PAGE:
Criminal Defense FAQ
Our Fort Myers Criminal Defense Lawyer Has the Answers You Need
Have you been arrested for a crime in Fort Myers, FL? With criminal charges
looming over your head, your entire future could be at risk. With that
much at stake, it is definitely in your best interest to obtain hard-hitting
defense in order to protect your rights against the prosecution. Now is
the time to make informed decisions, if you are unsure of who to turn
to or what your next step should be, contact a
Fort Myers criminal defense attorney as soon as possible. As a
Former Assistant State attorney, Mr. Edwards has extensive trial experience and unique insight that could
greatly benefit your case. Having
handled hundreds of jury trials, our firm knows what it takes to obtain a favorable outcome and we will
work tirelessly to have your charges reduced or dismissed completely.
At Brian L. Edwards, Esq., we have the answers you need. Below we discuss
the answers to some of the most common questions pertaining to criminal defense.
Do I need an attorney If I simply intent to plead guilty?
Whether you are guilty of the crime or not, going up against the prosecution
without proper legal protection is about the worst thing you could do.
If you decide to plead guilty in hopes that the court will have mercy
on you for being honest, then you may be terribly mistaken. The judge
could give you the maximum penalty leaving you behind bars for many years
to come. If you are worried that there is substantial evidence against
you, then we can fight to have your charges reduced so that you receive
minimal criminal penalties. Before you just throw up the white flag and
incriminate yourself to the court, be sure to speak with an experienced
criminal defense attorney to discuss all of your legal options.
If the authorities failed to read me my rights, will my case be thrown
out of court?
Many clients are confused by legal shows on television as they assume
that it is a realistic interpretation of the criminal justice system today.
The truth is that law enforcement officials are not legally obligated
to read you your rights when they arrest you. The rights are formally
known as the Miranda Warning and they do not need to read it to you unless
they have you under arrest and they intend to use any statement you make
during questioning as possible evidence against you. The Miranda Warning
goes as follows:
"You have the right to remain silent. Anything you say can and will
be used against you in a court of law. You have the right to talk to a
lawyer and have him present with you while you are being questioned. If
you cannot afford to hire a lawyer, one will be appointed to represent
you before any questioning if you wish. You can decide at any time to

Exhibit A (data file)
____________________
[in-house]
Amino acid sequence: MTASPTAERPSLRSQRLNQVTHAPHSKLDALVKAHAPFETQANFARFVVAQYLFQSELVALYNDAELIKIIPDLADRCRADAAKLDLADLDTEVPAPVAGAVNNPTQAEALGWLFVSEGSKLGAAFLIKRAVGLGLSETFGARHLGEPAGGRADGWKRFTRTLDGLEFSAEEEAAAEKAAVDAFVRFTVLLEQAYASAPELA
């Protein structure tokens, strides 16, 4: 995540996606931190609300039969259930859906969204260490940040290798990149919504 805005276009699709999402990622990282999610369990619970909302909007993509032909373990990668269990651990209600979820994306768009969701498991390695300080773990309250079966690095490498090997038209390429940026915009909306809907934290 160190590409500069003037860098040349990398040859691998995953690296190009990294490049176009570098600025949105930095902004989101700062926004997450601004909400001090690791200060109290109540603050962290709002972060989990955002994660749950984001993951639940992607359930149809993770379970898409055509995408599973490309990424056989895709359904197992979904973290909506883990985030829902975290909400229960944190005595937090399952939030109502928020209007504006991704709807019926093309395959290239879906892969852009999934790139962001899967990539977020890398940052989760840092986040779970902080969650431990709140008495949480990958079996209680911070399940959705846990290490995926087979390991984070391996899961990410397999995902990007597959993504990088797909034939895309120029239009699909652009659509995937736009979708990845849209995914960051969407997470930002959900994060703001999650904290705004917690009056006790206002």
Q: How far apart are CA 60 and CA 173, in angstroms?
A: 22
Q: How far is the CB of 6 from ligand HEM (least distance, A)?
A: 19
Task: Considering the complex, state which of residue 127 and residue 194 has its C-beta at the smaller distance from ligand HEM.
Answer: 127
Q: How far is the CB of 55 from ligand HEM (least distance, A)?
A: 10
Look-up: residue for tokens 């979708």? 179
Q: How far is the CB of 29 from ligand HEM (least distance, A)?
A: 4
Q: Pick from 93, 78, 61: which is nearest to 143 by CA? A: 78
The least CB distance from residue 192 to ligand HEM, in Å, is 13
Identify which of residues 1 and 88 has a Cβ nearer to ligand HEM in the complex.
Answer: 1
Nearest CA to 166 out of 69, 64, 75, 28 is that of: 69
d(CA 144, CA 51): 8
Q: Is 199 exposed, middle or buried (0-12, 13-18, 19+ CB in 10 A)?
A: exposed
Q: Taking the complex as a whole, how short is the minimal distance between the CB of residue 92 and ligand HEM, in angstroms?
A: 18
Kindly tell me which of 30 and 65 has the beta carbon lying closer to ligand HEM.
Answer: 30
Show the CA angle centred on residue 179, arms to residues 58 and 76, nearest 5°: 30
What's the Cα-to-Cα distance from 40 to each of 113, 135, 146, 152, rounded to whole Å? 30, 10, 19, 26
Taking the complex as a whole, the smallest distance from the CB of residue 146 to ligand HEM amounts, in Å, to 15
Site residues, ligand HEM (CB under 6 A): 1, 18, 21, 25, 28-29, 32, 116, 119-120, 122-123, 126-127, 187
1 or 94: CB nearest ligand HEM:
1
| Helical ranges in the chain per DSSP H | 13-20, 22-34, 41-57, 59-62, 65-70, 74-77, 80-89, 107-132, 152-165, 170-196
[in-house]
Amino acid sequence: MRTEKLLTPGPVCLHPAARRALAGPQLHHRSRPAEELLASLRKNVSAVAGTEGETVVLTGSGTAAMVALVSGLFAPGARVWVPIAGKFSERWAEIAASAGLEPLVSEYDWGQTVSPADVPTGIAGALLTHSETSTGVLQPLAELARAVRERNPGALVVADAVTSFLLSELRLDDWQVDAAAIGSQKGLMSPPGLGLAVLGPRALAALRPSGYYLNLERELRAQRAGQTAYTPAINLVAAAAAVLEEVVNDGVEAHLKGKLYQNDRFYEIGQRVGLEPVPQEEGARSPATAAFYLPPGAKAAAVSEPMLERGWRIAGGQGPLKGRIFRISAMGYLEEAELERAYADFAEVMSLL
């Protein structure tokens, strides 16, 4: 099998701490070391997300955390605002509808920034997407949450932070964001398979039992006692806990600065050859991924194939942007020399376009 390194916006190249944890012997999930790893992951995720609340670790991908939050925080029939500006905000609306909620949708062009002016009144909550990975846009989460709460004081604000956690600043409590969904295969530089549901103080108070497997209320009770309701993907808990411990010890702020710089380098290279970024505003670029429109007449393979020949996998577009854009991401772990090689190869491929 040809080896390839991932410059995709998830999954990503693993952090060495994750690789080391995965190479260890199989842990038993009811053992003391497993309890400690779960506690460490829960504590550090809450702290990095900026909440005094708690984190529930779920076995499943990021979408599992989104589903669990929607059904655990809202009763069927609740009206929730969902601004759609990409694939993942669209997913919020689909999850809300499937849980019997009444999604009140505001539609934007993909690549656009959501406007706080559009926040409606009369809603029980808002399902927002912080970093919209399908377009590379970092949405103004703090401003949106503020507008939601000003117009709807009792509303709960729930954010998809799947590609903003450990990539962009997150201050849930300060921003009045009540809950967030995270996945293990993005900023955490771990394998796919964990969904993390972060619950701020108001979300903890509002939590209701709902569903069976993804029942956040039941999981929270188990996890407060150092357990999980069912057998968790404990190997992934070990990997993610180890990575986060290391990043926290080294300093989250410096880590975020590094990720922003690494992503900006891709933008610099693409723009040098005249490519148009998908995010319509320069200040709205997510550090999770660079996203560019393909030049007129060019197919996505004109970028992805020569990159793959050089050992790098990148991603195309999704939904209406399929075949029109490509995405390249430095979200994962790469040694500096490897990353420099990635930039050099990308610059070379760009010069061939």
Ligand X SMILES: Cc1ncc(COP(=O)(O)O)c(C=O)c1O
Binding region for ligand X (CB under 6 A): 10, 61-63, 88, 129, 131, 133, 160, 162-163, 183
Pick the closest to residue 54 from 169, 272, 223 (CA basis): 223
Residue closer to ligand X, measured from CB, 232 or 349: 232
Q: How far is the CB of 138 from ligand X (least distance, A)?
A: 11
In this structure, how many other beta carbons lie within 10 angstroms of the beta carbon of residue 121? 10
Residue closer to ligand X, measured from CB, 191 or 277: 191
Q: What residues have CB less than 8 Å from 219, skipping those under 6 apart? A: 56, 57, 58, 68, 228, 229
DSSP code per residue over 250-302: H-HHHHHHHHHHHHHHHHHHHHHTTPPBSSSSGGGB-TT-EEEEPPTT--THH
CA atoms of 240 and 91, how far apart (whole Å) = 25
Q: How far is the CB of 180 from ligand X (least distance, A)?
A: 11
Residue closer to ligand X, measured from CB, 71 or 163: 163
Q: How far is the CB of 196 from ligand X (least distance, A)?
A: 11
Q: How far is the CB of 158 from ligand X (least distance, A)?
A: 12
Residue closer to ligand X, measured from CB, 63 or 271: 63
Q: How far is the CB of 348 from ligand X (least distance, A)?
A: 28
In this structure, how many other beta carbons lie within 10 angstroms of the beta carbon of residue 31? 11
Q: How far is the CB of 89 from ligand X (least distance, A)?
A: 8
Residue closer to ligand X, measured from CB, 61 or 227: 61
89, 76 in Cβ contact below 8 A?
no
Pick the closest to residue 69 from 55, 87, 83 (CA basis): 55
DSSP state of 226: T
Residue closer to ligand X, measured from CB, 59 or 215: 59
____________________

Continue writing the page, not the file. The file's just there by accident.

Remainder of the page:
exercise these rights and not answer any question or make any statements."
When officials ask to search my car or home do I need to give them my consent?
Under no circumstances are you legally obligated to give the police verbal
consent to search your home or vehicle. In fact, as experienced legal
professionals, we strongly encourage you to refrain from giving officials
your voluntary consent as a necessary precaution. By law, the authorities
can only search your property if they have either your consent or a warrant.
If they conduct an illegal search, then anything that they find will not
be admissible as evidence against you. Law enforcement officials are permitted
to search your vehicle; however, if they have reasonable cause to believe
that it contains any illegal substances or stolen goods.
Will a DUI/DWI conviction stay on my record permanently?
When it comes to
DUI convictions, they do not operate the same as bankruptcy. A DUI conviction
will not be taken off your record after a number of years. Any time that
someone looks up your criminal record, they will be able to see every
criminal offense ever committed, unless you decide to clean up your record
history. The only way to remove criminal convictions from your record
is to pursue expungement. Every state has differing statutes in this regard;
to learn more about expungement, be sure to speak with a criminal defense
attorney about the laws in your state.
Am I obligated to answer questions while under arrest?
This is when your rights come into effect; we are here to remind you that
"you have the right to remain silent." As frightening as it
may be, the authorities have full legal reign to lie to you during questioning.
They are permitted to tell you any persuasive story or white lie in attempt
to pull a conviction out of you. Many times law enforcement officials
will tell the alleged offender that they already have convicting evidence
or testimony from a witness, or if they did not commit the crime alone,
they will say that their accomplice has already confessed. When confronted
with this situation, simply tell the officials that you will not answer
any questions until your attorney is present. Always speak to your attorney
before answering any questions, this way you can avoid making any incriminating
Can I represent myself in a criminal case?
You have the right to an attorney and if you do not choose one then the
court may appoint one for you. The importance of having an aggressive
legal defender cannot be stressed enough. When it comes to your choice
of counsel, just remember everything that is at stake. The experience
level of your attorney could mean the difference between freedom and incarceration.
If you have any further questions, be sure to
contact a Fort Myers criminal defense attorney from our firm today!